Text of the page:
Jesus spoke several times concerning how people would feel about Christians because of our relationship with Him.
Blessed are you when people hate you, when they exclude you and insult you and reject your name as evil, because of the Son of Man. – Luke 6:22
The questions we must ask ourselves are, “Are we being despised because of Jesus, or are we being hated because of the ways we are representing Jesus. Do we truly represent Jesus by the way we live, or are we just getting in His way?” Philip Yancey explores how we are perceived by the world in the new video Bible study Vanishing Grace. We hope you are blessed by this week’s excerpt. ~ Fred Bittner, FaithGateway, Bible Studies
We’ve Got Problems
Most people I meet assume that Christian means very conservative, entrenched in their thinking, anti-gay, anti-choice, angry, violent, illogical, empire builders; they want to convert everyone, and they generally cannot live peacefully with anyone who doesn’t believe what they believe. —Unnamed Critic
As much as Christians may want others to know the good news of forgiveness and experience the hope of a redeemed life, the good news isn’t sounding so good to many people these days. In fact, to some “outsiders” the very word Christian arouses feelings of fear, distrust, antagonism, and hostility. It is a challenge to be salt and light to people who view Christians so negatively.
Watch the Video
Watch the video segment for Session 1, using the following outline to take notes on anything that stands out to you.
- “Nones” who claim no religious faith commitment
- A changing climate for the Christian faith
- God is good news for: Individuals
- The bad news about communicating the good news
Jesus had the uncanny ability to look at everyone with grace-tinted eyes, seeing not only the beauty of who they were but also the sacred potential of what they could become. We His followers have the same challenge: “So from now on we regard no one from a worldly point of view,” Paul told the Corinthians. Evidently we are not doing likewise since many people think of faith, especially evangelical faith, as bad news. They believe Christians view them through eyes of judgment, not eyes of grace. Somehow we need to reclaim the “goodnewsness” of the gospel. — Vanishing Grace, page 70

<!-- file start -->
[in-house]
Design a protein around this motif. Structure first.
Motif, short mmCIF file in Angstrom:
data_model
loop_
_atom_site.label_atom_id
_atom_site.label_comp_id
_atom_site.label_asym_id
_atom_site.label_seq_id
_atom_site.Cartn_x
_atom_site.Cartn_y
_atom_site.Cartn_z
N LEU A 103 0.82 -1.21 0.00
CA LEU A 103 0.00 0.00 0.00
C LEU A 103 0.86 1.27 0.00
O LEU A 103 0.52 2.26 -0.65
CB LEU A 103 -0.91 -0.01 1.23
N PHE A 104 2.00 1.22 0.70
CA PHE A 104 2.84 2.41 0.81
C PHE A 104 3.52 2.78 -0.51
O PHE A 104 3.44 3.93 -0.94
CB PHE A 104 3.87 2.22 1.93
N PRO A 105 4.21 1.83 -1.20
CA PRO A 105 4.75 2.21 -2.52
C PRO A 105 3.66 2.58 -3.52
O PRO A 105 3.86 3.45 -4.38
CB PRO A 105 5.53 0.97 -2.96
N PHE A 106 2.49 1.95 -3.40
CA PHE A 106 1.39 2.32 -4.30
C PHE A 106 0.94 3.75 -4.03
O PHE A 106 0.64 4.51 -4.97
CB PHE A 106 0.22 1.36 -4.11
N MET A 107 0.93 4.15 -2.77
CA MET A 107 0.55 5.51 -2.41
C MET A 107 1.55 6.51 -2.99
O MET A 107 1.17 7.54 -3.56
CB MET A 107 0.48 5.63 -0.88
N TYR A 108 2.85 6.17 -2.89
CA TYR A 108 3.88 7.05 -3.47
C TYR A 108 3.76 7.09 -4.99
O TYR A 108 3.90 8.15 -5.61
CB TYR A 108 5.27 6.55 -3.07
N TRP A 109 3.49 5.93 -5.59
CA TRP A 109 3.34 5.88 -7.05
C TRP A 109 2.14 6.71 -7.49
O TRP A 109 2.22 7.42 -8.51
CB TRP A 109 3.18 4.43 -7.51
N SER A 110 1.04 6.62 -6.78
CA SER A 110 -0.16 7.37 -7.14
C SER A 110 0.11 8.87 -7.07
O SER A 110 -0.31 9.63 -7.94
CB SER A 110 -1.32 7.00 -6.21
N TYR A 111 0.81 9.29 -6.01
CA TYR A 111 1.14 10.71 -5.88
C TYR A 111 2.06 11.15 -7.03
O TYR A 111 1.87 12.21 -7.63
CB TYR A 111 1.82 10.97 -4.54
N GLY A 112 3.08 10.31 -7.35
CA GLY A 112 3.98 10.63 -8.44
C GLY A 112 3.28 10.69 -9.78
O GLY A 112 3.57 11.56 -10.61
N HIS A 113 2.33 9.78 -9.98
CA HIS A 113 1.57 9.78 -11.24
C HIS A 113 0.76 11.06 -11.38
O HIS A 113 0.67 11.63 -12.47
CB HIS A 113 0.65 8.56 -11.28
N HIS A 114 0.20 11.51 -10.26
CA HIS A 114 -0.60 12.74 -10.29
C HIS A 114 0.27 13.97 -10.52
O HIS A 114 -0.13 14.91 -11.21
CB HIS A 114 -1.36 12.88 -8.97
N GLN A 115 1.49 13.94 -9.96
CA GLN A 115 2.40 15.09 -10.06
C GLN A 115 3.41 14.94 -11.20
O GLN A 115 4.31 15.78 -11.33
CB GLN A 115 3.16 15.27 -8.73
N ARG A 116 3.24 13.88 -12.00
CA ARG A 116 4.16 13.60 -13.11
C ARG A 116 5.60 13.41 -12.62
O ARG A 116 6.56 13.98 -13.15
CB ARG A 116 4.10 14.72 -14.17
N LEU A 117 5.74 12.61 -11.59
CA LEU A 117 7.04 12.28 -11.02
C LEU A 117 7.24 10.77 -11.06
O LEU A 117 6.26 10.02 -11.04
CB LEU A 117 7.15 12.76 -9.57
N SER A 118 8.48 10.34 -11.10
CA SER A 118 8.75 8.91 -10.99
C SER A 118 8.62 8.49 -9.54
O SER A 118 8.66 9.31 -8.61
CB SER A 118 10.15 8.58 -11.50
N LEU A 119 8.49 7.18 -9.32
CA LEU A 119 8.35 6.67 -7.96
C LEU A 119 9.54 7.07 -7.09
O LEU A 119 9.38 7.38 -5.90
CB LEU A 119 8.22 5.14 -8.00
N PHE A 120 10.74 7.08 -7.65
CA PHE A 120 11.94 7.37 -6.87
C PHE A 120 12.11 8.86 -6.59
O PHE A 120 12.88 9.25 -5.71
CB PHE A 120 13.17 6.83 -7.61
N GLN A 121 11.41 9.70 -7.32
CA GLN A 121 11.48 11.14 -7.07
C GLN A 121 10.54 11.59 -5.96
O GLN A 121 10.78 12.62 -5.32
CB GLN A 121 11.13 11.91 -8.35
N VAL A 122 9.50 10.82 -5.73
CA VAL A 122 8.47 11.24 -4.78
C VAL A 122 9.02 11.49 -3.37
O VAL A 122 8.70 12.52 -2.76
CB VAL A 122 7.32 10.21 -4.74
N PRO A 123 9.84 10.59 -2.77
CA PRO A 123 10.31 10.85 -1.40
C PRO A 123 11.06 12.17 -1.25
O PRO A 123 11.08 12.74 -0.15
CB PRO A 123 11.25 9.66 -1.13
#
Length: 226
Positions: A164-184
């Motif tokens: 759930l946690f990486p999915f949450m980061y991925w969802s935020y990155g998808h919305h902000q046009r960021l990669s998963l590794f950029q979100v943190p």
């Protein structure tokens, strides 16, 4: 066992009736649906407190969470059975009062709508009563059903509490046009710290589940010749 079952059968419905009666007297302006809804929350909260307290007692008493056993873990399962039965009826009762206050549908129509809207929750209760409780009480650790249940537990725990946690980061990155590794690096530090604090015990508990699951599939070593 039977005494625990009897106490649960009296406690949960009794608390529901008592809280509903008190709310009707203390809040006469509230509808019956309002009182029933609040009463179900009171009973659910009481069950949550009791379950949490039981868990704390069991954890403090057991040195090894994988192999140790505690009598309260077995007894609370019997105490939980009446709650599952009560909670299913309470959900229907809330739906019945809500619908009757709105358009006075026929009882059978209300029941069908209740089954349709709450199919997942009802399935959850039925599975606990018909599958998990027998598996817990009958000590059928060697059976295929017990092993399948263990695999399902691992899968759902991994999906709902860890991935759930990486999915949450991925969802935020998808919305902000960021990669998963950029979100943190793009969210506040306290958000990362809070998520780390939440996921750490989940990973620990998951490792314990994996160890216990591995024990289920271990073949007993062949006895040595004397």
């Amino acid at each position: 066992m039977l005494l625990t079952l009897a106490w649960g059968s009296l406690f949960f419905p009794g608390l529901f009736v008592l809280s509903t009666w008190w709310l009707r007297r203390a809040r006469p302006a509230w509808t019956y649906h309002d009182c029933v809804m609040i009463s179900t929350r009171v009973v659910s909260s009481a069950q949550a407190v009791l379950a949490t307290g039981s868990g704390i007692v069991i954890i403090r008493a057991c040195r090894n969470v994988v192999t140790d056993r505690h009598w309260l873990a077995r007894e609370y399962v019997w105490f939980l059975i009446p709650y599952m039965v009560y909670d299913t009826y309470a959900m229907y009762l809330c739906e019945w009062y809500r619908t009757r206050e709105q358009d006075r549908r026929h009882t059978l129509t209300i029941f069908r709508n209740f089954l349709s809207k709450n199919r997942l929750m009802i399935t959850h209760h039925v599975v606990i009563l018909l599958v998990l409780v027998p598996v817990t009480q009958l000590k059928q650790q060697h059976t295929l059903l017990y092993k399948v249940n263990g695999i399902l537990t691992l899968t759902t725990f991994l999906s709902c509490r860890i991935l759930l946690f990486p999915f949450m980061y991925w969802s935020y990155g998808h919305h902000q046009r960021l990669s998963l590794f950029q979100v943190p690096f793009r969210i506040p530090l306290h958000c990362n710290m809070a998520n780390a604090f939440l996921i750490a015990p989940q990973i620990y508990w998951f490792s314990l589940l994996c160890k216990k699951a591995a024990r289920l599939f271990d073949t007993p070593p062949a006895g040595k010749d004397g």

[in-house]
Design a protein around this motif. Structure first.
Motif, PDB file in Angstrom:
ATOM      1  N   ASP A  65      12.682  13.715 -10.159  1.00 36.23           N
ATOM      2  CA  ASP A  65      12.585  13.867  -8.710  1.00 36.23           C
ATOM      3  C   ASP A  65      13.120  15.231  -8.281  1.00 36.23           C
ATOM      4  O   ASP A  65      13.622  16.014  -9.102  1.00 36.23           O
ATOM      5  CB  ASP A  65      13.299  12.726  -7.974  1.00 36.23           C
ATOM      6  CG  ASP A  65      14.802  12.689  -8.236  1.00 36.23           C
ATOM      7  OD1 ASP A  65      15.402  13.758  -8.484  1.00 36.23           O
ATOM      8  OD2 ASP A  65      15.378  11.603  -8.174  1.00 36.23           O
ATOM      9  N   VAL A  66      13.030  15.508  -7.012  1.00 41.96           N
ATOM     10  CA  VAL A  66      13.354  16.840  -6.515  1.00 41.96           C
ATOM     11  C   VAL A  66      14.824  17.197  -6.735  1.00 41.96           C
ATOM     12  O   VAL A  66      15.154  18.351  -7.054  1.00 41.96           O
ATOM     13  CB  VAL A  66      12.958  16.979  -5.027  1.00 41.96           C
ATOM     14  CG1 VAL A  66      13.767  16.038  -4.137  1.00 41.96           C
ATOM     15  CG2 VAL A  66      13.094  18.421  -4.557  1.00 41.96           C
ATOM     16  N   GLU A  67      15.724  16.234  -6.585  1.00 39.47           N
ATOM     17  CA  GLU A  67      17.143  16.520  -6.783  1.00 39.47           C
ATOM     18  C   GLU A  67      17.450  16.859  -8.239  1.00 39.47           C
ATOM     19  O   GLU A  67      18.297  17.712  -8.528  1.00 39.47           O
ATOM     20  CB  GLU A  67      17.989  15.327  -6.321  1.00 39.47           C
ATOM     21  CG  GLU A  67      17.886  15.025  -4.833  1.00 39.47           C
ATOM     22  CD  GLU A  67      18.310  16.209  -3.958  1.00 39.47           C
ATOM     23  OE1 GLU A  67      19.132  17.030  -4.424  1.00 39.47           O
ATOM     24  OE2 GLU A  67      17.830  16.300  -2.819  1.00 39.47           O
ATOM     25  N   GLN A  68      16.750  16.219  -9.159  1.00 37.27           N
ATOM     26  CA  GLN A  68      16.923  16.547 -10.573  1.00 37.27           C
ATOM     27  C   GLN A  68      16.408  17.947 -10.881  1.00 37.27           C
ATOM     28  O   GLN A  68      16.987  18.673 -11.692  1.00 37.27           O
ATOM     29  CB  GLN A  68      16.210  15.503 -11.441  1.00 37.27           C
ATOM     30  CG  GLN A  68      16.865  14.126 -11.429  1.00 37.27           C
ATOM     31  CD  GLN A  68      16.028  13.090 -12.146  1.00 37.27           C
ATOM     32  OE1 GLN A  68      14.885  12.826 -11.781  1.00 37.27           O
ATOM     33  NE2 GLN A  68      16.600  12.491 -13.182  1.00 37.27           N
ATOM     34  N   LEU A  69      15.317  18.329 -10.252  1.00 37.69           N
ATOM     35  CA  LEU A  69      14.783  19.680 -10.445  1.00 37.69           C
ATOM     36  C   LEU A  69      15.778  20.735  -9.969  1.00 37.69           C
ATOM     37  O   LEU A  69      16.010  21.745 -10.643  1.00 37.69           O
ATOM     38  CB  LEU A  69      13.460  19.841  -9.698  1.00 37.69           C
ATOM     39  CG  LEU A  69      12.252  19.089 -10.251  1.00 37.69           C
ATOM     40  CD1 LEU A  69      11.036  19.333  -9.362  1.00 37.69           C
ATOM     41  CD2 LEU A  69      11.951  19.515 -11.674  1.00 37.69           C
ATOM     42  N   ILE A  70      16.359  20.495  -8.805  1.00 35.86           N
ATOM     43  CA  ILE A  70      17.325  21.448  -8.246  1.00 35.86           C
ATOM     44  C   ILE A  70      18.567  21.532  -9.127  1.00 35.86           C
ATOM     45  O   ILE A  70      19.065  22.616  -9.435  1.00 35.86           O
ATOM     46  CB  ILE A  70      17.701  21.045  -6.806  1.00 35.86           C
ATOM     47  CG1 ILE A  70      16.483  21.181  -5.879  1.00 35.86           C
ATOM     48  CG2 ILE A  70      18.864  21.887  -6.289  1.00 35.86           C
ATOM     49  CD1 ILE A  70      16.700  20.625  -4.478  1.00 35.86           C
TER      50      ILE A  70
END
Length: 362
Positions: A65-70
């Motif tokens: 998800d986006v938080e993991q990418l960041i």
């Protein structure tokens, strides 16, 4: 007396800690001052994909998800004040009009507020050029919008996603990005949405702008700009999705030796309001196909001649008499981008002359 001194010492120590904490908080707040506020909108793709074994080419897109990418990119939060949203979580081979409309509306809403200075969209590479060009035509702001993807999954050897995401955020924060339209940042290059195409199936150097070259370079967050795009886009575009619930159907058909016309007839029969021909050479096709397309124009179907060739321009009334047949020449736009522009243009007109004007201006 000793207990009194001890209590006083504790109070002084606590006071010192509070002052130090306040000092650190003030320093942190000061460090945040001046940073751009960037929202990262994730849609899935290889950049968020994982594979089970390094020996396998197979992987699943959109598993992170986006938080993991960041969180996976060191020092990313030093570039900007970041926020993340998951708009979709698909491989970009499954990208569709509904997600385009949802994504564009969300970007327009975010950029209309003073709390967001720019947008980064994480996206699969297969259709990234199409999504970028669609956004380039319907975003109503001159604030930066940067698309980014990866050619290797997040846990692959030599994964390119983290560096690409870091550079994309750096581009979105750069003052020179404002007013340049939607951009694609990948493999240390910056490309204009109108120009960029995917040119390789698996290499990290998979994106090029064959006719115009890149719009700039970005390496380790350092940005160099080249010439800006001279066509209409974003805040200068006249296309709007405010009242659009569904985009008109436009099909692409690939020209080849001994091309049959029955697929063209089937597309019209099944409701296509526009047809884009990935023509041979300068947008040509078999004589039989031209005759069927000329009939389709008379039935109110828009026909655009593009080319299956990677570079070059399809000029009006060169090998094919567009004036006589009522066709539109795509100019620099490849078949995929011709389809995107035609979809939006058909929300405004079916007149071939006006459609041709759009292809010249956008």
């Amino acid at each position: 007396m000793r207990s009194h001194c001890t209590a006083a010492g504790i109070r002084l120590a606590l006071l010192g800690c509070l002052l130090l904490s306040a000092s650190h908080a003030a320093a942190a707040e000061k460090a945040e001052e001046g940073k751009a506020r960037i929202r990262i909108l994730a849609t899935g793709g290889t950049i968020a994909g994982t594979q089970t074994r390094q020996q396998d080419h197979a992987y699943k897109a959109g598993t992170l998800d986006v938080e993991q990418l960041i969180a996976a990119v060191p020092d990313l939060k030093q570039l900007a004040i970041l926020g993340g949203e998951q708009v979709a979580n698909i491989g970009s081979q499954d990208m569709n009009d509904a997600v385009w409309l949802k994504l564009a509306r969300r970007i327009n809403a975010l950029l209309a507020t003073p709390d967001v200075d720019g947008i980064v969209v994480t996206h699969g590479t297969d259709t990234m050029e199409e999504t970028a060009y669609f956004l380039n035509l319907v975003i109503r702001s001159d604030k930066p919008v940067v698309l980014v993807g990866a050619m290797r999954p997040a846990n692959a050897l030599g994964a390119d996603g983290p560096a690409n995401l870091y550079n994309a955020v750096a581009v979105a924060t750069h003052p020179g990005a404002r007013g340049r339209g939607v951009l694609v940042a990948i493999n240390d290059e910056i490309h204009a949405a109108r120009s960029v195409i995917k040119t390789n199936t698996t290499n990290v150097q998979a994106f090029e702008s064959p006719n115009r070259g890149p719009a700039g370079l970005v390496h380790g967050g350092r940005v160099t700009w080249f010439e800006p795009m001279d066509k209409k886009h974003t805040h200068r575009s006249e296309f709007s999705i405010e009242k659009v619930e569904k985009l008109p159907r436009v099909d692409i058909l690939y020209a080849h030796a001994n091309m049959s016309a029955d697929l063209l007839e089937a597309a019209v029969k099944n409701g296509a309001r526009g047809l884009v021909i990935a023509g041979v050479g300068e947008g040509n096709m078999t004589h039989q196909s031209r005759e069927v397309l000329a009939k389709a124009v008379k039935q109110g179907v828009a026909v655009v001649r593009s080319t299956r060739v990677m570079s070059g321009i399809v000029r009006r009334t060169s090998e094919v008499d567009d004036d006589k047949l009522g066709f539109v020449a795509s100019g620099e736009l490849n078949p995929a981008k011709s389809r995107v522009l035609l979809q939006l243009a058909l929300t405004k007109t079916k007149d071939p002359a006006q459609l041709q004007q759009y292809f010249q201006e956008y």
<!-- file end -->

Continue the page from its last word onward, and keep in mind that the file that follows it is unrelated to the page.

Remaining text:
1. How do you respond to the research on the number of “nones” and their increasingly unfavorable impression of Christians? To what degree have you found these trends to be true in your own interaction with people, particularly among the young?
2. What do you think may be the reasons some people perceive the good news of the gospel as bad news?
3. If you asked the question “What’s the first thing that comes to your mind when I say the word Christian?” what kind of responses might you expect to receive from your acquaintances — coworkers, neighbors, people you meet at a party?
4. What insights into the minds and hearts of people who are not Christians did you discover from Gabe Lyons’s observations?
Jesus: Our Model of Grace
The issue is not whether I agree with someone but rather how I treat someone with whom I profoundly disagree. We Christians are called to use the “weapons of grace,” which means treating even our opponents with love and respect. As usual, Jesus shows the way. — Vanishing Grace, page 26
During Jesus’ day, Samaritans and Jews had much in common, but they didn’t get along. Because of their differences, the two groups became isolated and nursed grudges. The Jews even considered the Samaritans to be heretics.
Jesus, in contrast, dispensed grace everywhere He went. He sought out people who were considered to be “lost.” He told parables that emphasized the value of what had gone missing — a lost coin, a wandering lamb, a wayward son. He earnestly desired that all people have the opportunity to hear the gospel — good news about God’s love for us, God’s forgiveness offered to us, and God’s invitation to join His family.
Jesus showed us how to use the “weapons of grace” and treat even our opponents with love and respect. His interaction with the Samaritan woman at the well (John 4:1-42) demonstrates what it looks like to see others through eyes of grace.
5. The Gospels give us a hint of the intense animosity between Jews and Samaritans during Jesus’ day:
- Which terms did the Pharisees use to insult Jesus in John 8:48?
- What did Jesus’ disciples suggest when Samaritans did not welcome Jesus into their village? (See Luke 9:51-54.)